Vlad

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    The original "Mexican Mauser" was produced by DWM in contract 1902. All the examples I have seen and the ones I own are dated 1903. They are identical in almost every respect to the Mexican produced 1910 and 1936 type rifles, except, in my opinion, much better workmanship. Will link a few threads and post more details later.

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    Thanks for responding FAL GRunt. I look forward to the thread links. Are the 1902 DWM Mexican Mausers built on a standard length receiver, a medium length receiver or a Mexican 1910/1936 length receiver?

    Vlad

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    Ok, here is a quick synopsis. I took several pictures that I will upload hopefully tonight, but probably tomorrow.

    p 255, Mauser Military Rifles of the World, Robert Ball has a small amount of information and a picture or two.

    A fantastic set of photo's of one:
    http://forums.gunboards.com/showthre...WM-Modelo-1902

    Wish mine were complete....

    The DWM produced rifles, are for all intensive purposes, identical to the 1910. At least in terms of the action. The receiver, bolt, bottom metal, are all the *unique* intermediate length action that is particular to the Mexican. The bottom metal does interchange with other 93-95 bottom metal. The bolt itself is unique, as the is 1910 and 1936 and should interchange between the three. The 1936, as you probably know, is unique in having extra gas venting features. Primarily, the bolt face, extractor and receiver. However it is not clear to me exactly WHEN this was introduced.

    I have found frequently referenced that 38,000 rifles were made with an unknown number of carbines. Would love to get some primary sources.

    I own D 8756 which would be right at the max extent of 38,000. I also own F 3824, which would imply more than 38,000 for the contract, if numbered in the typical DWM fashion. It could be possible to conclude, if primary sources were to verify the 38,000 rifles, that the remainder was in fact carbines. Approximately 5,000 to 6,000. Again, we would need some primary documents to verify any of this.

    John Wall noted in the thread that he wondered if the reason the 1902's were rare was that they were converted into 1910's and 1936's. This *could* be a possibility, but I have not seen the connection as of yet. The DWM receivers have unique process markings compared to the Mexican domestically produced receivers that are VERY "FN"-esque markings. I have not, as yet, found a domestically marked Mexican with the same markings as a DWM. Certainly my limited scope has not examined a broad section.

    I will certianly continue studying this subject. I will also contact Baudino and see if he has any DWM documents. If anyone has SimsonSuhl's contact, maybe he can forward a question to Mr. Speed as to DWM's 1902 production records and if he has anything on the subject? I will be looking through his old posts and seeing if I can cross reference any of the sales documents he has posted in the past. From Mr. Speed I have Mauser records back to 1901, but DWM only back to 1907. That may be the extent of his records?

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    You can see the two actions are in almost every regard, identical. The DWM action at some point had its serial number altered which is a shame. I put the last picture up of the DWM markings. On my "to-do" list is to go through all of the DWM actions and all the Mexican actions I have and catalog their markings and serial numbers. Then start a survey. While I know Mexico and Germany had a relationship both Militarily and Economically, it would be interesting to further study the connection. I personally would not be surprised if DWM set up Mexican domestic production under license. What I am interested to study further is WHY the unique receiver for Mexico and why was it never used in any other production? Was the receiver designed/specified by Mexico? Was the idea that stocks and bottom metal and other parts could be carried over from 95 production and available inventory for both DWM and Mexico? These rifles are frequently refereed to as 1902's but I have yet to see a receiver crest marked 1902. I have yet to see an early block either.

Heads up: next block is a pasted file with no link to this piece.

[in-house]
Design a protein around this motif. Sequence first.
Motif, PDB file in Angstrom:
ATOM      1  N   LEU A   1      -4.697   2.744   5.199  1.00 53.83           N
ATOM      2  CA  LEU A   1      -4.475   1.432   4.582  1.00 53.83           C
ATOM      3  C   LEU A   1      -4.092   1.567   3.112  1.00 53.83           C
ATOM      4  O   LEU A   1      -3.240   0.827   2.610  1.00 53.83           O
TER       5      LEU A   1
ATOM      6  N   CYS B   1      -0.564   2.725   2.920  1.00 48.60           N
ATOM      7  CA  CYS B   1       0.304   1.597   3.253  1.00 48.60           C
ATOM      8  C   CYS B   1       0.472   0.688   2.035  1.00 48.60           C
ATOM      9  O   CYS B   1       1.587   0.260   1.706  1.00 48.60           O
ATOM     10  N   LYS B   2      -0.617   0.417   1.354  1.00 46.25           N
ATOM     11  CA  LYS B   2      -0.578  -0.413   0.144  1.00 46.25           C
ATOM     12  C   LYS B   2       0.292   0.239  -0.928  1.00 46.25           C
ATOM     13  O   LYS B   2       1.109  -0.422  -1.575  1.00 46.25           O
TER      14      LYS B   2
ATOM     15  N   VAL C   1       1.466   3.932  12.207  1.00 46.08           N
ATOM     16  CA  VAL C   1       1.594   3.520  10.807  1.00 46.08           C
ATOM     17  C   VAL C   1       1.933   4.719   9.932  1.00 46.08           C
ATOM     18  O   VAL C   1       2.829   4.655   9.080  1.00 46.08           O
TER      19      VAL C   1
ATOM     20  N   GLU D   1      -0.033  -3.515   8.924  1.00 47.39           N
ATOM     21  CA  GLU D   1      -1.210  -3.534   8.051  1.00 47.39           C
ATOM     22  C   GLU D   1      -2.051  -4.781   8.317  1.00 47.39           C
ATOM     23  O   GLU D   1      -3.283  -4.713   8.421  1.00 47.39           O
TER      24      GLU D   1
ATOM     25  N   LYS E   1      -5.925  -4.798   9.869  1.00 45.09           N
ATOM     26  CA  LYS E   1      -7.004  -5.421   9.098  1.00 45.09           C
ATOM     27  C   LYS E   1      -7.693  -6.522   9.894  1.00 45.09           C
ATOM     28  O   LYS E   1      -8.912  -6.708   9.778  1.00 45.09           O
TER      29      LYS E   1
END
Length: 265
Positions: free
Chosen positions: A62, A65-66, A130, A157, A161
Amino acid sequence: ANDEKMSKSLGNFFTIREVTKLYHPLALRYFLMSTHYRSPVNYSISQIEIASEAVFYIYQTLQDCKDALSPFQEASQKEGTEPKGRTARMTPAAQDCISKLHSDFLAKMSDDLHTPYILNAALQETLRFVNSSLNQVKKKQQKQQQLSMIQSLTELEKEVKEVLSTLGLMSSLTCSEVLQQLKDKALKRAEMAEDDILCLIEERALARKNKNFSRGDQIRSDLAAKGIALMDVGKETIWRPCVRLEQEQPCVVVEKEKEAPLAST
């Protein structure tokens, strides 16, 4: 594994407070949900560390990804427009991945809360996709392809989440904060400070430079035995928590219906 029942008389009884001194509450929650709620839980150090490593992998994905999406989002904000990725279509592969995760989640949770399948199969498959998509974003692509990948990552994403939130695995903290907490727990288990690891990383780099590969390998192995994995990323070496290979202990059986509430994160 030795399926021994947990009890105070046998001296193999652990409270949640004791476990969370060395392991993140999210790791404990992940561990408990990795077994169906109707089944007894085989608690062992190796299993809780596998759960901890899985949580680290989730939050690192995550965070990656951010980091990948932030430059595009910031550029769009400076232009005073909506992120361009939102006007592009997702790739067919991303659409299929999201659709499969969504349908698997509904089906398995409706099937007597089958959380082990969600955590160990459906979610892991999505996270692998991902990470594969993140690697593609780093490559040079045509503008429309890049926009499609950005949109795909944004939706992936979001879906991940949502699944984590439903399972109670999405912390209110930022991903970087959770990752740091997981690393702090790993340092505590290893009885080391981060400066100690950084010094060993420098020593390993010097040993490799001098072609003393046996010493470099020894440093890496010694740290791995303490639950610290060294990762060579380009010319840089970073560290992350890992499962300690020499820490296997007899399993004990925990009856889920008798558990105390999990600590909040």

I find the 1902 an interesting step in the progression of Mauser and DWM.
    Last edited by Fal Grunt; 04-03-2017 at 05:32 PM.

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    Fal Grunt,

    Thank you for this excellent synopsis.

    I had been looking about on the net in the interim and found one reference stating the 1902 wan an intermediate length action and another reference indicating it was an action identical to the 1910 and 1936 as far as length and bolt dimensions. I'm aware that Mauser produced four action lengths, at least commercially, kurz (short), intermediate, standard and large or magnum. I have always considered the FN 1930 and Yugoslav M24 (originaly FN 24) and M48 as and intermediate length with the Mexican 1910/1936 being shorter than the intermediate length and exclusive in it's dimensions. Apparently the Mexican 1910 and 1936 are not exclusive since they match the Mauser 1902 dimensions.

    As I said I had thought Mauser actions fell into four lengths with the Mexican being and exclusive oddball. In poking around the net I found a posting by bear 88 listing eleven action lengths. What follows is the information that bear 88 posted. I have lost the link to his original posting,

    M98 STANDARD LENGTH ACTIONS #1
    [-]

    Jul 14 03 12:41 AM

    o I am going to group different actions by length, ring diameter, and barrel shank diameter. The first group will be Type I, these are the "most standard" Mausers. Probably 75% or more of all Mausers produced after 1898 will fall into this category. I am not going to list every model, that would take a book of it's own, but if your particular model is not listed, comparing the dimensions will place it into the correct category. So here are the dimensions for